November 30, 2005
Friday sees the hanging of Australian Nguyen Tuong Van and while I oppose the death penalty I also recognise that Singaporean law is clear on the matter and much gnashing of teeth isn't going to matter one jot, just as unfurling a "Democracy Now" banner in the heart of Beijing isn't going to win you any fans. Amongst the media hue and cry is the self-sustaining spotlight on Singapore's hangman, Darshan Singh. Originally thought to be fired, it turns out he's still on for the job and considers himself the best man for the job (sub req'd):
Mr Singh, 74, has boasted: "With me, they don't struggle. I know the real way. If it's a raw guy [hangman], they will struggle like chickens, like fish out of the water."...Mr Singh has issued a series of contradictory statements in recent days, reportedly claiming he was sacked, then warning no one else in Singapore was trained to do the job - and the results would be ugly if a novice was employed.But I'm here to help. Coming soon, Singapore's newest reality TV show....
posted by Simon on 11.30.05 at 03:09 PM in the Singapore
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I agree with you that the law is as it is in Singapore and you would know that on the plane but with one caveat (when looking at the larger picture). There is a distinct double standard when the Singaporeans happily hang a mule, who is usually recruited because they are in a desperate state, and then at the same time the Singapore government uses its citizens tax dollars to help prop up one of the regimes that leads the way in drug production - Burma - through investment.posted by: Phil on 11.30.05 at 08:10 PM [permalink]
Just let him die. Really. If we really believe that basic human rights are so important, stripping him of these rights for the rest of his life ought to be a more inhumane torture than just taking away his life.posted by: spacehunt on 12.01.05 at 01:10 AM [permalink]
Phil, I agree on the double standard. But even if it's only mules getting caught and punished, thems the rules.
That said, they should let the poor b@st@rd's Mum give him a hug.posted by: Simon on 12.01.05 at 08:17 AM [permalink]
Mr. Singh's comments reveal how every culture, in my opinion, has its fantasies about punishment and power domination. The fact that people even want to know about this from his perspective is a sign both of the normal curiousity that inflames us all, but also of the need for socities to legitimize that certain members of their community keep the rest of society in control.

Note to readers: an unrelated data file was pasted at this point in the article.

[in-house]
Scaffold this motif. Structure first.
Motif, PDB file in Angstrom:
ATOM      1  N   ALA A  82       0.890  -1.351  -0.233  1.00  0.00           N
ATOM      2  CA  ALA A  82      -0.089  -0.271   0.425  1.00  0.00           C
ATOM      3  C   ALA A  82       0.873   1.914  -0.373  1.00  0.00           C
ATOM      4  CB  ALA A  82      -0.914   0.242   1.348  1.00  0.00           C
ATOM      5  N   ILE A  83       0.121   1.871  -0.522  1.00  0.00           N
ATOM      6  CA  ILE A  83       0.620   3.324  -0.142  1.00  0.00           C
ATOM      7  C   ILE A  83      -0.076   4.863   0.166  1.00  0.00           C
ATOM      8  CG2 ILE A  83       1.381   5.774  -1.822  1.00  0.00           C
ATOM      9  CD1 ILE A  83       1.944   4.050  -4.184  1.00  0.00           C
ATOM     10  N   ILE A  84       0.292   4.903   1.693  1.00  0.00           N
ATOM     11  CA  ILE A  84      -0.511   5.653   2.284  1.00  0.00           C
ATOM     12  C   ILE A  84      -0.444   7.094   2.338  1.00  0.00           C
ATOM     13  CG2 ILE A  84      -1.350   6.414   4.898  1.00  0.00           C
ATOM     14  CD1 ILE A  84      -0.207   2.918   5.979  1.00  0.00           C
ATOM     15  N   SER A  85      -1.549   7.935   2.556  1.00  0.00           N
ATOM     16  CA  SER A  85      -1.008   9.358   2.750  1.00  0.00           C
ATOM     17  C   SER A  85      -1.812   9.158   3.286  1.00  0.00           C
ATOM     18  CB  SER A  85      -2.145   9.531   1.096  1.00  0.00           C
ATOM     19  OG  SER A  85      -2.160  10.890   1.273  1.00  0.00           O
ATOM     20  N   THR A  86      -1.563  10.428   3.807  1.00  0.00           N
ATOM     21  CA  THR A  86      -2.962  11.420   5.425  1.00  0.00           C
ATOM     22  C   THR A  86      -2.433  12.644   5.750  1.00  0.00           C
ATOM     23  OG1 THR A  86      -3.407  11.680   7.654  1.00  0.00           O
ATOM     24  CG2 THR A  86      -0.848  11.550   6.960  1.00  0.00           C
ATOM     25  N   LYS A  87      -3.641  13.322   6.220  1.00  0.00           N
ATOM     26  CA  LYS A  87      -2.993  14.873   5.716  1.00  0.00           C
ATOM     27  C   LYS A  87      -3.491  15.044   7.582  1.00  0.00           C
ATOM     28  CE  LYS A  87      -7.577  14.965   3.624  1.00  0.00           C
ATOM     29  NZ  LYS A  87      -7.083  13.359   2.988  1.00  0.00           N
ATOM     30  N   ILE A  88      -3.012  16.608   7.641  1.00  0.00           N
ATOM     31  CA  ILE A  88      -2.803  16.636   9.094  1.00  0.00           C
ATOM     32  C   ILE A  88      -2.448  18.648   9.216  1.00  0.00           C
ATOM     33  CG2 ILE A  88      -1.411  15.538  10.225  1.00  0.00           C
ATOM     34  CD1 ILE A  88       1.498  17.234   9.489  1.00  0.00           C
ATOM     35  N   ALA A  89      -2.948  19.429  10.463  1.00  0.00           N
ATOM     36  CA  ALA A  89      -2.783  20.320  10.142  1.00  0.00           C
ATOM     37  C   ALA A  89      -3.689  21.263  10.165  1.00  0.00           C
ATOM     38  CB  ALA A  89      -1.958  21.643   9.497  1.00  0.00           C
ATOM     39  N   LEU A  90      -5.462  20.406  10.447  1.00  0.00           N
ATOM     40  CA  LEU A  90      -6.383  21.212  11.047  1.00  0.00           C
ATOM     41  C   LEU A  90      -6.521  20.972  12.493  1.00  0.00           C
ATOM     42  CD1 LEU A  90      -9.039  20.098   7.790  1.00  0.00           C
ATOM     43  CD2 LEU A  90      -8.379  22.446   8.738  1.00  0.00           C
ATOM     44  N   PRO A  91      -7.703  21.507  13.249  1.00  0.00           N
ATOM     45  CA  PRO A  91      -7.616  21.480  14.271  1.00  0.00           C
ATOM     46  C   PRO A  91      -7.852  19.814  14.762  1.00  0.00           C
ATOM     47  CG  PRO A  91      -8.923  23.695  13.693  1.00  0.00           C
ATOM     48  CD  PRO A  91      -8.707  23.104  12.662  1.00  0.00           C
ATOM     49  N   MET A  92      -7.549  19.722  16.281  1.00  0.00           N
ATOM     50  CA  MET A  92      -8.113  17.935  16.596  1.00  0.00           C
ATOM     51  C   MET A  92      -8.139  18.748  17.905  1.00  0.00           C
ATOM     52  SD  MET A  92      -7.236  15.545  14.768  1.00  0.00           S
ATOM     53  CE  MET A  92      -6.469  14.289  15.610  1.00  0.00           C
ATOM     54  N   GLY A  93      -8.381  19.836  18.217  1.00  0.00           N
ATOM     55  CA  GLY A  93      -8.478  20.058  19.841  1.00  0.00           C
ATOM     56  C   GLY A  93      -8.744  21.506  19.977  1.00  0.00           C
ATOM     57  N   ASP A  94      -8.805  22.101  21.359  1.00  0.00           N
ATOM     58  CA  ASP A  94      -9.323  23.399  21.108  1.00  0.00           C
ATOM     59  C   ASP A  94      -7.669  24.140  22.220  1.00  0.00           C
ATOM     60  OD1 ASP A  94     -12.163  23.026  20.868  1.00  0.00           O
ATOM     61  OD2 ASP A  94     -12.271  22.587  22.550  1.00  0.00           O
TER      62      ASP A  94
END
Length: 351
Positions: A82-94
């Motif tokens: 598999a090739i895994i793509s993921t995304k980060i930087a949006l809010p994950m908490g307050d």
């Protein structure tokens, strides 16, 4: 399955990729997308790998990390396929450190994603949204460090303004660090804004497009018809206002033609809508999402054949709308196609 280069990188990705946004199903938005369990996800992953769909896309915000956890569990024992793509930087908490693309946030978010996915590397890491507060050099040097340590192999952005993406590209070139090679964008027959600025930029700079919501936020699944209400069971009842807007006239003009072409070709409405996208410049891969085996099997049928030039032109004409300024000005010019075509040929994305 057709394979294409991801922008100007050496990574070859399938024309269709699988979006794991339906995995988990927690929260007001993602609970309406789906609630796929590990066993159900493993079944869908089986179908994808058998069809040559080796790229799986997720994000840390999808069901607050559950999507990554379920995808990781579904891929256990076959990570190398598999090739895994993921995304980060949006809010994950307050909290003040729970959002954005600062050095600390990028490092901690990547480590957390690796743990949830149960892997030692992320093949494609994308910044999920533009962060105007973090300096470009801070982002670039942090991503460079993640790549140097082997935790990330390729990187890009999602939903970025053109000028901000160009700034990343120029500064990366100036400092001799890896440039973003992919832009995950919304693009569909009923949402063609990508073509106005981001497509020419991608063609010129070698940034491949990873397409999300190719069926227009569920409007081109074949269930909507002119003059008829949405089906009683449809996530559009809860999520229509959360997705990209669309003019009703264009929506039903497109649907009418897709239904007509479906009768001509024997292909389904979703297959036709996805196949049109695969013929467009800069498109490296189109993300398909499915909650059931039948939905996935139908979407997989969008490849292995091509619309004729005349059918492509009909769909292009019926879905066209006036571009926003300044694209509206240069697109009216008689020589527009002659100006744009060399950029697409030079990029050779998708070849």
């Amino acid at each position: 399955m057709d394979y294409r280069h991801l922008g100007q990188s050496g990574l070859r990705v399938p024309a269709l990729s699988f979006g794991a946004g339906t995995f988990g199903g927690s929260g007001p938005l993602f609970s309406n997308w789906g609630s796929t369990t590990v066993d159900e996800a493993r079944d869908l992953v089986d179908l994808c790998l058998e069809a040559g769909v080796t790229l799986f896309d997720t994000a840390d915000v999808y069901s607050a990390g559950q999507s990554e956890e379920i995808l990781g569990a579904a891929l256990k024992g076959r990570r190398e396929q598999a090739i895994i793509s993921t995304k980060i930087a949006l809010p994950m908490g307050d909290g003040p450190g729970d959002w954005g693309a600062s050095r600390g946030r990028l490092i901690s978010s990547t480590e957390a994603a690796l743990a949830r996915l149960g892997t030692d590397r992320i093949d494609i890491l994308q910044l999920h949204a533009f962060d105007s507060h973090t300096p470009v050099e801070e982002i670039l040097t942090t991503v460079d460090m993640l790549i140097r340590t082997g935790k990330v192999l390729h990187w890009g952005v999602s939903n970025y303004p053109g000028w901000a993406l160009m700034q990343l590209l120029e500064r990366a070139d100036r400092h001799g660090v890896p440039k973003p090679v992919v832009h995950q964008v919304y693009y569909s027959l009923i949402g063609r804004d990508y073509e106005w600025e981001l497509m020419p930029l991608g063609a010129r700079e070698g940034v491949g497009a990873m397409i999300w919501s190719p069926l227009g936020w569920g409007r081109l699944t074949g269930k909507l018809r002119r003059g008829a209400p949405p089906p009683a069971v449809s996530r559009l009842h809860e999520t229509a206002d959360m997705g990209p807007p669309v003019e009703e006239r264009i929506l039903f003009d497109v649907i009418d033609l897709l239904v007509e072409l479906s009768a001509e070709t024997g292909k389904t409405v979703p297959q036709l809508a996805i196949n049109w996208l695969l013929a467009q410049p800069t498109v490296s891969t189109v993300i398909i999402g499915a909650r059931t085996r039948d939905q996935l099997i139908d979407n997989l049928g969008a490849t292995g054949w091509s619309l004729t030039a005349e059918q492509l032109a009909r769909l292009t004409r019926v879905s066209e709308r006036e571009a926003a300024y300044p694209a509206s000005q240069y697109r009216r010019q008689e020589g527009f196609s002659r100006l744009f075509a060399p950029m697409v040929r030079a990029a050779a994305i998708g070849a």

Sick, if you ask me.
One could try unfurling a banner saying "Democracy Now" in Singapore (if it only had a heart) as well. Result would be the same I think.
Vale, Nguyen Tuong Van.
E@Lposted by: expat@large on 12.01.05 at 02:17 PM [permalink]
http://www.richard.clark32.btinternet.co.uk/contents.htmlposted by: gunlaw on 12.01.05 at 03:05 PM [permalink]
So sad... another life will be terminated prematurely tomorrow at 6 am.posted by: GhOsT on 12.01.05 at 09:20 PM [permalink]
Mr. Nguyen did not commit murder, instead he should have been granted clemency. The Singapore Govenment is too harsh. They could have used this life to do some work.
I am totally disgusted with Mr. Singhs job. He has tarnished the rest of the Singhs around the World with his job. (Singhs believe in a religion call the Sikhs) we are very respectable people and do not preach on Barbaric, brutal, cruel and degrading and inhuman acts.
Either he is not a singh, or is giving the rest of the World a bad impressions about Singhs.
He owes an apology to the rest of the Sikhs "Singh" for degrading our name.
We singhs in the rest of the World preach on equality, brotherhood, justice and truth.posted by: Amy on 12.08.05 at 05:18 AM [permalink]